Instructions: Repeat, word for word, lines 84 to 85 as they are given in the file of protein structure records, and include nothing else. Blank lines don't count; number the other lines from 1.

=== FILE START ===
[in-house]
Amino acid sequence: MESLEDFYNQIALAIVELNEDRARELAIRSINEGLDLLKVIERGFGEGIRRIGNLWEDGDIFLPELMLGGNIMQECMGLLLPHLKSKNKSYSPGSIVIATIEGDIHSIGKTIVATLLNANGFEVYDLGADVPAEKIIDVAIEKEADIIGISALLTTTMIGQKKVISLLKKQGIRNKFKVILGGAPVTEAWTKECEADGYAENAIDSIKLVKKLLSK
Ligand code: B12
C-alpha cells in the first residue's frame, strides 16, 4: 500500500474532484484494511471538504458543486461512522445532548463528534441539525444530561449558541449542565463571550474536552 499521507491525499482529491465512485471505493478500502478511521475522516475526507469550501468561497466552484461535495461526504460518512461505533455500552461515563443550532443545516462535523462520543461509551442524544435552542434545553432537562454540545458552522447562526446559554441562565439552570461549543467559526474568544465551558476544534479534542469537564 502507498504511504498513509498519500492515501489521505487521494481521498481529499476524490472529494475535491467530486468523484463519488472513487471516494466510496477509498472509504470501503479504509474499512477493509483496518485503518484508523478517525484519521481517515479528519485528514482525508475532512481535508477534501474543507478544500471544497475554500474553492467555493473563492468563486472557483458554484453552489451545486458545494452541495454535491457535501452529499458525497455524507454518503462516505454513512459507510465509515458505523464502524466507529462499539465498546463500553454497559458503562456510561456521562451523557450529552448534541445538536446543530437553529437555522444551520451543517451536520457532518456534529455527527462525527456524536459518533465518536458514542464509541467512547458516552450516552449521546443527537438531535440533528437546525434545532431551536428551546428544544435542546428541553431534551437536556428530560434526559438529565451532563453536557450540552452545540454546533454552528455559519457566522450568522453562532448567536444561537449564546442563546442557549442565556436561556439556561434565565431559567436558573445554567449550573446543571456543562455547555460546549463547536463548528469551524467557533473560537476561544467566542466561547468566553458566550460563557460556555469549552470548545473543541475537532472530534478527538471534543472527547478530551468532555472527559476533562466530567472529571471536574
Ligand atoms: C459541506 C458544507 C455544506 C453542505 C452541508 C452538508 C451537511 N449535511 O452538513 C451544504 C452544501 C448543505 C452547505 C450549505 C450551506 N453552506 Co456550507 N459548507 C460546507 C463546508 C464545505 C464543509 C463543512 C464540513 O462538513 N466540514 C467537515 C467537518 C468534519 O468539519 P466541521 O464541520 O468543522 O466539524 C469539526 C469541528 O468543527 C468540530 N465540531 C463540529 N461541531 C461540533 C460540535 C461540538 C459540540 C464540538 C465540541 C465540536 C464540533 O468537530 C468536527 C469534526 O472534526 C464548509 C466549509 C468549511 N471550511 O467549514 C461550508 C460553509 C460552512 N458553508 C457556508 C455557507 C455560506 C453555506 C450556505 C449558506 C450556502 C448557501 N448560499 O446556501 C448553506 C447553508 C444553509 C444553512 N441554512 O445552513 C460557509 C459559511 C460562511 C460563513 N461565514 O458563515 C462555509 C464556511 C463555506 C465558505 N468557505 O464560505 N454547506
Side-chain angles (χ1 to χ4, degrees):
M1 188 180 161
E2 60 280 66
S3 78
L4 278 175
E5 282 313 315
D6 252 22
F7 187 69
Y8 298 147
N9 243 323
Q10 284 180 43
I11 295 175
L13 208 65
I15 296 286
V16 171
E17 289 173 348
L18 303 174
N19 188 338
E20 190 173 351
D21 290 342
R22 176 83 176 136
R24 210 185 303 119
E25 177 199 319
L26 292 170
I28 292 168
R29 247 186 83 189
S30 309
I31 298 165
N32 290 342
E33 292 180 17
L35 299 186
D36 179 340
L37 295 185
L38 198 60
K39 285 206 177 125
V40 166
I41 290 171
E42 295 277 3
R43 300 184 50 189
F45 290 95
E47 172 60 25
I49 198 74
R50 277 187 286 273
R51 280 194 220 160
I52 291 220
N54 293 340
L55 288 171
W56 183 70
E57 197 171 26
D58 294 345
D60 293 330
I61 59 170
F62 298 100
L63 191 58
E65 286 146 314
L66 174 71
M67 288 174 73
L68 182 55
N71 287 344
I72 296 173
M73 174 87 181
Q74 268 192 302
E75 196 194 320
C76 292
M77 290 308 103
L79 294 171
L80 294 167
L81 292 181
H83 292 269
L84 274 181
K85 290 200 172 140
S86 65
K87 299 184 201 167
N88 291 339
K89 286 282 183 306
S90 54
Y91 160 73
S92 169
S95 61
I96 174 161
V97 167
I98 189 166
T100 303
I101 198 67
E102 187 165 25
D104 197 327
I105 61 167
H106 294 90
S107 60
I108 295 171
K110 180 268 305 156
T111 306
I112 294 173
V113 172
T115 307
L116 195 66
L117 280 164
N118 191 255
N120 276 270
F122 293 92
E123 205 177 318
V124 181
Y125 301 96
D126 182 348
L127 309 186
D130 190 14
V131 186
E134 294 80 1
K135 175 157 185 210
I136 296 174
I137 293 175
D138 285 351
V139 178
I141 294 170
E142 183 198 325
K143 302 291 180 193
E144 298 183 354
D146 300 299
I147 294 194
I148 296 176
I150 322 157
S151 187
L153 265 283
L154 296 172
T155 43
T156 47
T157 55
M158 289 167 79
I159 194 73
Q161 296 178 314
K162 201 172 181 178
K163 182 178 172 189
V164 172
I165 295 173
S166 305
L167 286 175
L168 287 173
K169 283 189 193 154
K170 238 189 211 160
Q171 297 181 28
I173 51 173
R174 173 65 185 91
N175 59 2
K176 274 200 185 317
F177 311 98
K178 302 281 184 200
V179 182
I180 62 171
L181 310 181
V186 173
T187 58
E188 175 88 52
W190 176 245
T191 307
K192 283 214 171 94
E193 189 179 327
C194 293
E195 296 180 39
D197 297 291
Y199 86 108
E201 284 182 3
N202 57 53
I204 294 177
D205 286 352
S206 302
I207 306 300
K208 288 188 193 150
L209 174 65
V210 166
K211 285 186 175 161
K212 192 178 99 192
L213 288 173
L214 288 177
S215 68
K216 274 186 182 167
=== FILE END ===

S95 61
I96 174 161